With the exception of the fanged Bodyguard (2004), the creatures of Curious Affection reach out with trust, becoming vulnerable. She challenges us to find joy and beauty in the unexpected intrusion of their ‘otherness’.

The politics of ‘ugliness’ and aversion to non-perfect bodies guide our responses to transhumanist ‘monstrosity’, but also to disability. Because those bodies and neurological states are usually deemed inadequate, partial, divergent or ‘crippled’, disability is rarely considered an integral part of the art world. Uproar over Piccinini’s work is reminiscent of public response to the rather-more-open Marc Quinn sculpture, ‘Alison Lapper Pregnant, installed at Trafalgar Square from 2005–2007. Critics felt the statue of Lapper, an artist with phocomelia, was inappropriate and unpleasant; a too-large, too-visible disabled body for public space.

As Tobin Siebers observed, ‘Art is the active site designed to explore and expand the spectrum of humanity that we will accept among us.’ Despite attempts to exclude disability from the art world, for Siebers it is central to the experience of ‘aesthetics’: how certain bodies make other bodies ‘feel’. Because modern art is particularly concerned with physical variation and non-realistic interpretations of form, it provides a space for disability to be considered beautiful, rather than rejected as ‘broken’ or ‘ugly’.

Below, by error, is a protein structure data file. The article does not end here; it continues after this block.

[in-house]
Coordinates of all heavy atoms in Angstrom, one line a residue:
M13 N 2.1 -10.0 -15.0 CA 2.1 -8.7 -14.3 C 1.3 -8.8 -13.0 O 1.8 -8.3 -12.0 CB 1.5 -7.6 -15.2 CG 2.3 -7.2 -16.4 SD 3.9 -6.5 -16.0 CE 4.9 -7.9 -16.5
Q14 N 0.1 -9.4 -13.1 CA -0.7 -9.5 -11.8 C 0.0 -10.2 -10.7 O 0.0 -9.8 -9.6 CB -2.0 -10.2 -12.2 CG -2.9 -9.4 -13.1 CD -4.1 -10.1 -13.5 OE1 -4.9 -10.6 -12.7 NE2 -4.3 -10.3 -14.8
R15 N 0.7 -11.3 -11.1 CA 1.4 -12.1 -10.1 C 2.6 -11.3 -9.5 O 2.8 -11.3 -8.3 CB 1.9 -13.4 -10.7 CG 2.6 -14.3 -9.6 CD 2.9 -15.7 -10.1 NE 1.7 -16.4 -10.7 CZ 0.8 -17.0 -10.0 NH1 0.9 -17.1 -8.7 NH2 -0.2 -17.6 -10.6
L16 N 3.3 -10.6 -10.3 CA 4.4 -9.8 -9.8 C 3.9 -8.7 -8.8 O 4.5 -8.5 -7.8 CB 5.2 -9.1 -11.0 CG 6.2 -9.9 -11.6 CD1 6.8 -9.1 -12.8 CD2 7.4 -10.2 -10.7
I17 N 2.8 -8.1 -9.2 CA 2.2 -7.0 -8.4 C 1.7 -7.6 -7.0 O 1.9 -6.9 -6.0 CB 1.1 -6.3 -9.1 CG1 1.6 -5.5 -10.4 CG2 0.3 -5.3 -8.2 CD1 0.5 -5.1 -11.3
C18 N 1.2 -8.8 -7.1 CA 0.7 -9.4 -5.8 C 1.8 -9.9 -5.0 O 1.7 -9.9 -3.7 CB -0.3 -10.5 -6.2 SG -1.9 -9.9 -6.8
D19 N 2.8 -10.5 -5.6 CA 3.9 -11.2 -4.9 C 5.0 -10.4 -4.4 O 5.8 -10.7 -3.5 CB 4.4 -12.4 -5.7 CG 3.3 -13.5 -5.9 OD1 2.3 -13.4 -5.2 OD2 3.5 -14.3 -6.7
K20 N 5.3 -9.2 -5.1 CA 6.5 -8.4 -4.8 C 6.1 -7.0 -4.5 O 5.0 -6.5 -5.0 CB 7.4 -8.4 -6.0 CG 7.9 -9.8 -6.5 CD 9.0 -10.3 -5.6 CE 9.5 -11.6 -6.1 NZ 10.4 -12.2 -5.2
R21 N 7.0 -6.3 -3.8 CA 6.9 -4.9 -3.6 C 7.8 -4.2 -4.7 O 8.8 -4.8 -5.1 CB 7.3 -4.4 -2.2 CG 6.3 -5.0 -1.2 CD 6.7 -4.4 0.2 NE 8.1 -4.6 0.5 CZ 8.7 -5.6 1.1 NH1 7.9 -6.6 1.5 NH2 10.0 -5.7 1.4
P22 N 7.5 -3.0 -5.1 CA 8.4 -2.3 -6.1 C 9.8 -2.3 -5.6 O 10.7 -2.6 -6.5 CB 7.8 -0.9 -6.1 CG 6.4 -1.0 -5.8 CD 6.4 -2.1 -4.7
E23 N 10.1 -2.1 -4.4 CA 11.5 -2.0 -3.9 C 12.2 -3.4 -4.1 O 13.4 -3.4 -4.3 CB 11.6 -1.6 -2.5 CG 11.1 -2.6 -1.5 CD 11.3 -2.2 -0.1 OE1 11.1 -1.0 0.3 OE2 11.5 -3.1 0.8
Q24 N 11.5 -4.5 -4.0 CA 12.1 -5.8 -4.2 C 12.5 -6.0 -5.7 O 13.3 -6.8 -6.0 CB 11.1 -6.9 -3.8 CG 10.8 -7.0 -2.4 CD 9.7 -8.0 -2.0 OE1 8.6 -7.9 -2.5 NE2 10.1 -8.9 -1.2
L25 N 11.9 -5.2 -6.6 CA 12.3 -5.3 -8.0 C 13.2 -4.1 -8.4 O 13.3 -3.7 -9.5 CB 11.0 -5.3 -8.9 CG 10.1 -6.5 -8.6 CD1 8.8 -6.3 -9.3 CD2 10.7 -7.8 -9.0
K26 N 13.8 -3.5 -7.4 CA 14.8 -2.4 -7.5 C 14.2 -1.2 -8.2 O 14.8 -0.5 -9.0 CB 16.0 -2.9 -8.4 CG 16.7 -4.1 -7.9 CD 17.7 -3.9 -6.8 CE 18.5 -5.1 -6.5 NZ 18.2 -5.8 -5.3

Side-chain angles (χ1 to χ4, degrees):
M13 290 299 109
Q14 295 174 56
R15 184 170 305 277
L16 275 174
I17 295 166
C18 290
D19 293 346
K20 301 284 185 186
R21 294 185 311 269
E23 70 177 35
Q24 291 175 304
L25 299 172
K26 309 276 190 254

Piccinini’s postmodern hyperrealism produces this ‘aesthetic’.

‘How we relate to difference,’ she says, ‘is a pivotal theme in my work.’ Her creations are intricate and exquisite, but are far from our commercial ideals of physical perfection. By fragmenting and composing posthuman forms, she provokes emotional engagement with ‘different’ bodies.

Piccinini doesn’t necessarily make art about disability, and I wouldn’t suggest that something like the vulva-headed Sphinx (2012) is equated with specific disabilities: rather, that ugliness, aesthetics, disability and idealised human ‘wholeness’ are intertwined.

The thematic focus on biotechnology and genetic futures means that Piccinini does sometimes engage directly with images of disability. At the start of the tour, our gallery guide introduced us to The Comforter (2010).

‘This girl’s deformity,’ she explained, ‘is called “Werewolf Syndrome.”’


The hairy child sits on the gallery floor, dressed in everyday children’s clothing, her back against the wall. She smiles at the not-quite-human creature held in her arms: it is rounded and chubby, with soft, plump lips and the fat digits of an infant.

‘Perhaps she smiles at it because it’s a genetic advancement,’ the guide told us, ‘something that holds her cure.’

Or perhaps the girl is not preoccupied with assimilation. Maybe she smiles at the fragile thing because she likes it.


Because they carry no visible ‘difference’, there is no suggestion that the fascination of other Piccinini child-subjects such as Doubting Thomas (2008), The Welcome Guest (2011) or Laura (with Sandwich) (2006) derives from the promise of genetic perfection or ‘cure’. Piccinini uses childlike wonder to suggest the enchantment we should find in these encounters. Expecting to fear or be repelled by monsters, we are surprised to find these bodies received with warmth or curiosity.